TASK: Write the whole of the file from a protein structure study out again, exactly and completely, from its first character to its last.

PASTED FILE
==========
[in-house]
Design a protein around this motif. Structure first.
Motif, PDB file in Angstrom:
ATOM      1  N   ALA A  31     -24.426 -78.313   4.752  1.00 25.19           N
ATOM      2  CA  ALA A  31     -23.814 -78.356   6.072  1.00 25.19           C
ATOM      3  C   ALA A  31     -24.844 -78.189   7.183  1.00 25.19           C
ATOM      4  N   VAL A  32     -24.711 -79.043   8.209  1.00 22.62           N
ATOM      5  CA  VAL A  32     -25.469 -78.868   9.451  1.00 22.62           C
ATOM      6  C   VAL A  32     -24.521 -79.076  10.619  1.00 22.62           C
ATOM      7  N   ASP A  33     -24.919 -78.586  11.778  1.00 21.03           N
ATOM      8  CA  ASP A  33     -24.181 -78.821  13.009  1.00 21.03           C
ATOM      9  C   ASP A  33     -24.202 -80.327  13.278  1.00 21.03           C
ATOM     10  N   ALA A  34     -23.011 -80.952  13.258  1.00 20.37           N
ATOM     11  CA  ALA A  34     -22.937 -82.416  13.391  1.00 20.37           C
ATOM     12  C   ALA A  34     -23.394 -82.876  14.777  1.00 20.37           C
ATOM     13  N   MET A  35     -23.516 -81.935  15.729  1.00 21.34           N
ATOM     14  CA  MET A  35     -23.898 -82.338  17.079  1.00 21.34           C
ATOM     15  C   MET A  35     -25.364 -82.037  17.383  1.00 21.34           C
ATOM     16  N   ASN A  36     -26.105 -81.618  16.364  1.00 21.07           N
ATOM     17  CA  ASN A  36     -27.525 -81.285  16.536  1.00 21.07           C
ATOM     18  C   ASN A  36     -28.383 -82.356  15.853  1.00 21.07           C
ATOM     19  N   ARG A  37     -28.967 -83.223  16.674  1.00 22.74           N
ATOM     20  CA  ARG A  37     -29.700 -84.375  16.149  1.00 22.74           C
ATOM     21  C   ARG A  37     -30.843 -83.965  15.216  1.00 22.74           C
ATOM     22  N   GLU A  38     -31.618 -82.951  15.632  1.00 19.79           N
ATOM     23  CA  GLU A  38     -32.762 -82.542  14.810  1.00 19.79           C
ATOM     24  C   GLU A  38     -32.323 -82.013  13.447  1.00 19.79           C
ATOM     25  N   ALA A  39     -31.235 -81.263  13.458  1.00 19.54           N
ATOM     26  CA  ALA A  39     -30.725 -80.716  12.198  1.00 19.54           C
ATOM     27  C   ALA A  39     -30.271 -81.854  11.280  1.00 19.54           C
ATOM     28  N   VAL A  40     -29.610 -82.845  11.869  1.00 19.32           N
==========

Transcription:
[in-house]
Design a protein around this motif. Structure first.
Motif, PDB file in Angstrom:
ATOM      1  N   ALA A  31     -24.426 -78.313   4.752  1.00 25.19           N
ATOM      2  CA  ALA A  31     -23.814 -78.356   6.072  1.00 25.19           C
ATOM      3  C   ALA A  31     -24.844 -78.189   7.183  1.00 25.19           C
ATOM      4  N   VAL A  32     -24.711 -79.043   8.209  1.00 22.62           N
ATOM      5  CA  VAL A  32     -25.469 -78.868   9.451  1.00 22.62           C
ATOM      6  C   VAL A  32     -24.521 -79.076  10.619  1.00 22.62           C
ATOM      7  N   ASP A  33     -24.919 -78.586  11.778  1.00 21.03           N
ATOM      8  CA  ASP A  33     -24.181 -78.821  13.009  1.00 21.03           C
ATOM      9  C   ASP A  33     -24.202 -80.327  13.278  1.00 21.03           C
ATOM     10  N   ALA A  34     -23.011 -80.952  13.258  1.00 20.37           N
ATOM     11  CA  ALA A  34     -22.937 -82.416  13.391  1.00 20.37           C
ATOM     12  C   ALA A  34     -23.394 -82.876  14.777  1.00 20.37           C
ATOM     13  N   MET A  35     -23.516 -81.935  15.729  1.00 21.34           N
ATOM     14  CA  MET A  35     -23.898 -82.338  17.079  1.00 21.34           C
ATOM     15  C   MET A  35     -25.364 -82.037  17.383  1.00 21.34           C
ATOM     16  N   ASN A  36     -26.105 -81.618  16.364  1.00 21.07           N
ATOM     17  CA  ASN A  36     -27.525 -81.285  16.536  1.00 21.07           C
ATOM     18  C   ASN A  36     -28.383 -82.356  15.853  1.00 21.07           C
ATOM     19  N   ARG A  37     -28.967 -83.223  16.674  1.00 22.74           N
ATOM     20  CA  ARG A  37     -29.700 -84.375  16.149  1.00 22.74           C
ATOM     21  C   ARG A  37     -30.843 -83.965  15.216  1.00 22.74           C
ATOM     22  N   GLU A  38     -31.618 -82.951  15.632  1.00 19.79           N
ATOM     23  CA  GLU A  38     -32.762 -82.542  14.810  1.00 19.79           C
ATOM     24  C   GLU A  38     -32.323 -82.013  13.447  1.00 19.79           C
ATOM     25  N   ALA A  39     -31.235 -81.263  13.458  1.00 19.54           N
ATOM     26  CA  ALA A  39     -30.725 -80.716  12.198  1.00 19.54           C
ATOM     27  C   ALA A  39     -30.271 -81.854  11.280  1.00 19.54           C
ATOM     28  N   VAL A  40     -29.610 -82.845  11.869  1.00 19.32           N